ORGANIC INDIA Carries the FairTrade Banner
ORGANIC INDIA has a long tradition of embracing a holistic, compassionate philosophy in everything it does. Supporting wellness and people extends to every aspect of ORGANIC INDIA’s products, practices, and sourcing by embracing sustainable, regenerative agriculture, fair trade, environmental recovery, and beneficial, inclusive social change. Fair trade practices only make sense because there is so much more to farming than selling goods and services. It’s a real-world enterprise that affects families, communities, economies, health, and happiness. ORGANIC INDIA’s herbal teas Tulsi Original, Tulsi Green, Tulsi Breakfast, and Tulsi Peppermint carry the FairTrade designation.
It is vital to ORGANIC INDIA’s philosophy that the Fairtrade certification process reviews the environmental, economic, and social elements of a business’s supply chain for a specific product. These supply chains are audited regularly with announced and unannounced audits by the third-party ISO 17065 accredited auditor FLOCERT. Like Organic India, this global certifying body embraces the holistic philosophy and supports sustainable businesses to make global trade fairer. FLOCERT also ensures that whole supply chains are built on fair practices and that the certifier helps producers, traders and brands become truly sustainable.
Fair Trade is All About All of Us
It has become increasingly apparent that a great many consumers care about the story behind the products they buy. They care about the quality of the food they eat, how it is grown, who grows it, fair incomes, environmental practices, and the role human rights plays. This is how compassionate and inclusive minds think. Fairtrade Certification is a powerful way to prioritize the lives of farmers and workers in a supply chain while strengthening relationships with shoppers. Bryan Lew, COO of Fairtrade America explained, “Fair trade will only be finished when fair and equitable trade becomes the norm and not the exception.”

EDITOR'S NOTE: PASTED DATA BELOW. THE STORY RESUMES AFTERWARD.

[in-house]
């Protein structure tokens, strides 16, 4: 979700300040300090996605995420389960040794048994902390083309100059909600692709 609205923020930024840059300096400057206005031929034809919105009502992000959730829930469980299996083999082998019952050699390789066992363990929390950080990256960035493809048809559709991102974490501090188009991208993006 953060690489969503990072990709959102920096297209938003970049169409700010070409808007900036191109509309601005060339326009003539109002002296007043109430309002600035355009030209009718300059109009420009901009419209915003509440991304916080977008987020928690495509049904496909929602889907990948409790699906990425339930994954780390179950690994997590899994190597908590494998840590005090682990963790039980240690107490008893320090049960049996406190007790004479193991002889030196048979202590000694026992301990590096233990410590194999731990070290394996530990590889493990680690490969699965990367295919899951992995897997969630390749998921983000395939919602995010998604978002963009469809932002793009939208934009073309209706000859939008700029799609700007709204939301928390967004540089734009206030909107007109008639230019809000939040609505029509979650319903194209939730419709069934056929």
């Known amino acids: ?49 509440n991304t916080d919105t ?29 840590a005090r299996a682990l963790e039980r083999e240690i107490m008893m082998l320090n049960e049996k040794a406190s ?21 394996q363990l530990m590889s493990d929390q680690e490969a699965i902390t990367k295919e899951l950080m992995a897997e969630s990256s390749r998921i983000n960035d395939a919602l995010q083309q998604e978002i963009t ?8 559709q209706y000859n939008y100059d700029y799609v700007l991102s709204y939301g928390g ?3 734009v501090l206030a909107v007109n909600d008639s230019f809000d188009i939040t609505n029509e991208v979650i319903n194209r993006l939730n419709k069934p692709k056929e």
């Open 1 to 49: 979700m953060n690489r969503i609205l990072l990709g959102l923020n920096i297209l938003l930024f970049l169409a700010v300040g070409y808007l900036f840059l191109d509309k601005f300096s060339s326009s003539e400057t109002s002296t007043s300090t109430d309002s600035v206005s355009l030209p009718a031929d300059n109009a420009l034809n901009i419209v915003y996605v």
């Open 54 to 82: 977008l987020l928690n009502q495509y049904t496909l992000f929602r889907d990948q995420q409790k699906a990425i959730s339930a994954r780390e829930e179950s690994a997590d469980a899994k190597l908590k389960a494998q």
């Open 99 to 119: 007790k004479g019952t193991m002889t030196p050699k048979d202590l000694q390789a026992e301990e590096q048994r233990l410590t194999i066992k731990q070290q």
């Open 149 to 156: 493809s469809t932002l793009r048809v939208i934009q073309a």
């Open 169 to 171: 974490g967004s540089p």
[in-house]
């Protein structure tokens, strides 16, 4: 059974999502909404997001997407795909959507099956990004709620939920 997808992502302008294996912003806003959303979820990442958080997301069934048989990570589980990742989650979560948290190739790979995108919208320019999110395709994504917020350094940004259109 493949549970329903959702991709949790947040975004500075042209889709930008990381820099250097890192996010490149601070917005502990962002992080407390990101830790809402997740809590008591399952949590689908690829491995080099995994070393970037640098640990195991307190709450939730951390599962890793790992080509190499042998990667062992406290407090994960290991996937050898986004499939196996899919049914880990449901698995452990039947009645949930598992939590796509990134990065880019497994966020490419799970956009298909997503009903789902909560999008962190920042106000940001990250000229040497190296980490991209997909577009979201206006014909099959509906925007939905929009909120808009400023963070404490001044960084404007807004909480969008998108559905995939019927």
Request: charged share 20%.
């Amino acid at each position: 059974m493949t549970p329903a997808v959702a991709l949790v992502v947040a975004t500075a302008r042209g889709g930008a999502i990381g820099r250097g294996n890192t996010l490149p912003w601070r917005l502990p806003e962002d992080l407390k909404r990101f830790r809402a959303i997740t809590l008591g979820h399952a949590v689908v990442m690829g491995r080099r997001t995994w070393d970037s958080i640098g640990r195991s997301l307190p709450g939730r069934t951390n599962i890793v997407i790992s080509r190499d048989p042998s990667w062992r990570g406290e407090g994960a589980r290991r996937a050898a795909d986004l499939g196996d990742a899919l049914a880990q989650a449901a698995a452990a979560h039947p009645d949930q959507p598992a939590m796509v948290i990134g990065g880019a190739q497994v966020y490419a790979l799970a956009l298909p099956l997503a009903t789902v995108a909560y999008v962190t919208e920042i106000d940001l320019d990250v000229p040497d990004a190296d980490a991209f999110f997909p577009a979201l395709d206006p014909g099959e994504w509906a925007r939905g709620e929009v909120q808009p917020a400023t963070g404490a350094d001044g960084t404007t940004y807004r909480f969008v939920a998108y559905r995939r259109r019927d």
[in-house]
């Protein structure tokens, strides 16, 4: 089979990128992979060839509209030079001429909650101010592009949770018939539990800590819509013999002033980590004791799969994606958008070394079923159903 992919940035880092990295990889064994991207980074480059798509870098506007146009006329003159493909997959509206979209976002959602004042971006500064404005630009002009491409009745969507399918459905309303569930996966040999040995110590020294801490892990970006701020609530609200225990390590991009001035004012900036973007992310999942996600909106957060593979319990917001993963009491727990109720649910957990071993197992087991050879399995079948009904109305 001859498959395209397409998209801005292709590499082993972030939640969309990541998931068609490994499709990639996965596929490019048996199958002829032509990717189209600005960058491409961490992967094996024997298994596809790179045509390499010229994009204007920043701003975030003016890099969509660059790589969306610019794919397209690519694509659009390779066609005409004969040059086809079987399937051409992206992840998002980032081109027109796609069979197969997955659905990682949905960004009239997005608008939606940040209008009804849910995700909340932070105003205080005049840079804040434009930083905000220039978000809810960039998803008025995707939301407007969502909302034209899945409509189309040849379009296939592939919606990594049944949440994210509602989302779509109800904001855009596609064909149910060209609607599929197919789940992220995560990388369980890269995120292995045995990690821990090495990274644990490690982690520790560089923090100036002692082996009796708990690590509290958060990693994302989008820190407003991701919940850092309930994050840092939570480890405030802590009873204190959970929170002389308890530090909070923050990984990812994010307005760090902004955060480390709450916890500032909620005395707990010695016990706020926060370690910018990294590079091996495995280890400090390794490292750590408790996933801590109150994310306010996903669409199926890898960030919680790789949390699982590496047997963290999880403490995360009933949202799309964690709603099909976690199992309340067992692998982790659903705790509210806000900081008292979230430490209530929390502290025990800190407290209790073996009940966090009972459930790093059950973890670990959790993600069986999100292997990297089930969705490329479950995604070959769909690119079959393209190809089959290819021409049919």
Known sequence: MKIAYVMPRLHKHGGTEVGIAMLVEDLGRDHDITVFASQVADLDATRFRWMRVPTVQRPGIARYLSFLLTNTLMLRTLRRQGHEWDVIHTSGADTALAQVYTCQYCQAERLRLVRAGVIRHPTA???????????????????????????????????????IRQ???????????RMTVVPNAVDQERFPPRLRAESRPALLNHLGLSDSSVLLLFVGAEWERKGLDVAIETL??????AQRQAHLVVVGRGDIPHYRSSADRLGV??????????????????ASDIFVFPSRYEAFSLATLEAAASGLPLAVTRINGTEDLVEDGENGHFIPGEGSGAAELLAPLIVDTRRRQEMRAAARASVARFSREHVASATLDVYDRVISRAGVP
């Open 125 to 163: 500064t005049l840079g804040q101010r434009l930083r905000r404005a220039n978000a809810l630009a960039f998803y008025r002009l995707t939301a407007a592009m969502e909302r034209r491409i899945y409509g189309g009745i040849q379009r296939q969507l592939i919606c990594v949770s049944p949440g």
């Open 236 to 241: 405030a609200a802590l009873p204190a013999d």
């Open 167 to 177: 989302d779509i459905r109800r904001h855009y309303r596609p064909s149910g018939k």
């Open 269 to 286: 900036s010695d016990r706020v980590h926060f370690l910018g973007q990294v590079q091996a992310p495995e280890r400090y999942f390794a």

Peggy Willingham, Executive Director of Fairtrade America explained, “Fairtrade is about making sure people get their fair share of the pie. The whole concept of Fairtrade goes to the heart of our values and the sense of right and wrong. Nobody wants to buy something that was made by exploiting somebody else.”
FAIRTRADE’s slogan gets right to the point: “Choose Fairtrade: Choose the World You Want.” In these difficult times, we are seeing the value of this sort of thinking — seeing and acting upon the best options that uplift humanity, nature, and the environment.
Food sovereignty advocate and alter-globalization author Vandana Shiva aptly said, “Food is not a commodity, it is not ‘stuff’ put together mechanically and artificially in labs and factories. Food is life. Food holds the contributions of all beings that make the food web, and it holds the potential of maintaining and regenerating the web of life. Food also holds the potential for health and disease, depending on how it was grown and processed. Food is therefore the living currency of the web of life.”